Zonnestraal 1966 Aimed at 8 to 10 years old, its circulation reached 100,000 after only two years, in 1968, further increasing to over 137,000 in 1976
Bonjour 1960 French version of Zonnekind. Circulation rose from an initial 8,000 to over 30,000 by 1968
Doremi 1963 Originally called Prutske, as a multilingual magazine. Became the Dutch language Doremi in 1964. Had a circulation of over 100,000 by 1967
Doremi 1963 French version of the magazine for children between 3 and 6. Circulation of over 40,000 by 1967
Top 1973 1995 Magazine for 12 to 15 years old. Circulation increased from an initial 40,000 to 100,000 in 1981, to drop down again from then on
Dopido 1991 For 3 to 4 years old, a spin-off from Doremi
ID 1995 Replaced Top.

Books

Averbode has two major ranges of books, youth publications and religious publications.

While occasionally, books were published from about 1900 on, the first serious effort started in 1921 with the Trekkersreeks, and in 1925 with the series Uit Verre Landen (From Faraway Countries), a series of over thirty books translated from German, mostly about missionaries. These series was quite successful, and was reprinted and expanded to over 40 books, some written especially for Averbode, after World War II.

Averbode published also a few classic Flemish youth books, with De Waanzinnige Kluizenaar (The Mad Hermit) by Karitas (pseudonym of Hans Happel) in 1931, reprinted 9 times until 1979, and Spoken op de Ruwe heide (Ghosts on the Rough Heath) by John Flanders in 1934, reprinted 7 times until 1993. The most successful translated book was Het Licht der Bergen (The Light of the Mountains) by F. X. Weiser, 9 times reprinted between 1934 and 1962. It was originally written in German.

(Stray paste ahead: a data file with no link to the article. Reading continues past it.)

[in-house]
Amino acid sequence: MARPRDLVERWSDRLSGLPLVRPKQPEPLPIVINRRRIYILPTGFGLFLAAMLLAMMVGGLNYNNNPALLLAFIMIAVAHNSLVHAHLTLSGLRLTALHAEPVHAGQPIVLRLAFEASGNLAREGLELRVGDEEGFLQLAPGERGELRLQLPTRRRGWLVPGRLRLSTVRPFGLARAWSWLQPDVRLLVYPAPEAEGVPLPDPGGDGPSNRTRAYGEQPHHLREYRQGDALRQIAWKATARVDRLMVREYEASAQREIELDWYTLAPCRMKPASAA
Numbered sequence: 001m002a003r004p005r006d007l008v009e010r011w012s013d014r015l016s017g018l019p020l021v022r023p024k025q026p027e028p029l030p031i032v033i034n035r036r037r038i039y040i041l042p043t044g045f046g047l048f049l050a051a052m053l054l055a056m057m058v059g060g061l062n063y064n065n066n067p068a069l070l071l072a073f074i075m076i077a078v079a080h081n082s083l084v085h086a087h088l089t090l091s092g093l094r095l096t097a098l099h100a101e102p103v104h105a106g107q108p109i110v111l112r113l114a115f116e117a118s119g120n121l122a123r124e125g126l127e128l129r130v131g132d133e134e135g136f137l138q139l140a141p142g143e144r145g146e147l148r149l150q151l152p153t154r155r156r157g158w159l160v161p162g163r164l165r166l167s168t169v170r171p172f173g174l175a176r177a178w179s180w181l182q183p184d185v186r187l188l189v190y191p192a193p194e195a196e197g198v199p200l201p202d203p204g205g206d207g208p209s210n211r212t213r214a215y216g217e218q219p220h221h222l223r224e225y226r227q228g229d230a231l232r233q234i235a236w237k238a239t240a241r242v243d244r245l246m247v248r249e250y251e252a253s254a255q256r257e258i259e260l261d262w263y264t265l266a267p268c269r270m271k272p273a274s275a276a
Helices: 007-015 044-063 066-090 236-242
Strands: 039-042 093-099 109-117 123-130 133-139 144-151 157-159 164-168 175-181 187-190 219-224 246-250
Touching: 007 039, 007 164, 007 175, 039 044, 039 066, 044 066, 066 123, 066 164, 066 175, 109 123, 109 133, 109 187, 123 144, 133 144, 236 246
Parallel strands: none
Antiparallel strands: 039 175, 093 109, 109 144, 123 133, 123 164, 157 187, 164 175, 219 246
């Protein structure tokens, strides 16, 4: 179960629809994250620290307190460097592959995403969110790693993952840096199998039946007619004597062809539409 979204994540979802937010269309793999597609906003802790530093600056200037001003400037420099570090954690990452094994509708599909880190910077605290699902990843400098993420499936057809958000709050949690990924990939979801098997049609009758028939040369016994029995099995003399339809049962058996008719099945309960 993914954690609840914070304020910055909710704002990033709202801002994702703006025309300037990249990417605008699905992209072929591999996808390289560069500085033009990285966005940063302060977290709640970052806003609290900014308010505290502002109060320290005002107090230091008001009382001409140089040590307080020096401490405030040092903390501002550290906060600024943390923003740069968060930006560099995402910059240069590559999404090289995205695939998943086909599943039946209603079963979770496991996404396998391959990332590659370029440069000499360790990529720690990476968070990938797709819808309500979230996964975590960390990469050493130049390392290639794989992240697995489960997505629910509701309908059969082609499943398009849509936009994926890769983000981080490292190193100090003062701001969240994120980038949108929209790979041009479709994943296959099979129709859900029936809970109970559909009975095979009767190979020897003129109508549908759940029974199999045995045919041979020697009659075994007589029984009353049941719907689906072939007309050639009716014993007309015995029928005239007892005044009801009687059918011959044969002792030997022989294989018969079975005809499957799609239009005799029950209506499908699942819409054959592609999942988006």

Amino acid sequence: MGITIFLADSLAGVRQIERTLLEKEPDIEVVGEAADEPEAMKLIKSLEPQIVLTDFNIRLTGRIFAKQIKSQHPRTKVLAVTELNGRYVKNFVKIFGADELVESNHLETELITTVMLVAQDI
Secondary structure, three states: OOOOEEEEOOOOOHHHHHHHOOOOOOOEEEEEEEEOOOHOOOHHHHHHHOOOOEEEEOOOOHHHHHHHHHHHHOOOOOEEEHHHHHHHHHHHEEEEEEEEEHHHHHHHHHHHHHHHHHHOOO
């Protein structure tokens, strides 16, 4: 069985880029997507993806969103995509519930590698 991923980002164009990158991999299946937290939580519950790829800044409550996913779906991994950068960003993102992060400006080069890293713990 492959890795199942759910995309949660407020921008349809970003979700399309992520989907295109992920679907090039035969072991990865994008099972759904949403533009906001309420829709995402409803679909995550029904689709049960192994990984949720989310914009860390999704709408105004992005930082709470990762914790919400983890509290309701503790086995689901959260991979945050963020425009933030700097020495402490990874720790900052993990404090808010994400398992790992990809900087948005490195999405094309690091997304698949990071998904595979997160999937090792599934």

Between 1945 and 1970, most youth books produced by Averbode were either reprints of prewar successes, collections of short stories from the magazines, or new editions of fairy tales. While often very nicely illustrated, they were soon out of date with post-war Belgium, and were often criticized in newspaper reviews. The major successes were simple books for beginning readers. Among the many writers are only a few names with a wider appeal, like the prolific John Flanders and Leopold Vermeiren, and classic Flemish writer Ernest Claes.

In the 1970s, Averbode tries to regain the contact with the elder readers, from 10 to 15 years, with new authors and new layouts. The Top-series, called after the magazine for 12 to 15 year olds, is the biggest success, both commercially and critically. A first success is De dinderen van de vrede by Guido Staes, winner of the Staatsprijs in 1972. But the real expansion happens mostly in the 1980s. Authors like Gerda Van Cleemput and René Swartenbroeckx become quite popular in Flanders. Averbode also publishes a lot of translated youth literature, mainly from English language authors like William Bell and Monica Hughes, and German language authors like Hans Brunner and Jo Pestum. The most popular of the Flemish authors is the young Bart Moeyaert, whose debut Duet met valse noten is reprinted 11 times in 15 years.

The success continues until well into the 1990s, but by 2000, Averbode refocuses on the magazines and educational publications, and the number of books greatly diminishes.

Comics

Altiora was one of the first publishers to bring comics in their magazines, and has printed many unpublished comics over the years. However, contrary to other publishers with more purely comic magazines like Dupuis (with Spirou) and Le Lombard (with Tintin), they had little success with the edition of comic albums, and produced only a limited number of those. The most successful was Rikske en Fikske by Gray, a juvenile series about a boy and his dog. Other series by authors like Jijé, Renaat Demoen, François Craenhals or Berck were more shortlived or limited to a single story. Altiora has published no comics since the 1970s.

Multimedia

In recent years, the company has branched out into multimedia publications, amongst others with CD-Roms with the imprint "Lascaux" (from 1992 on), and their websites KidCity and Explorian (from 2000 on).

Notes

External links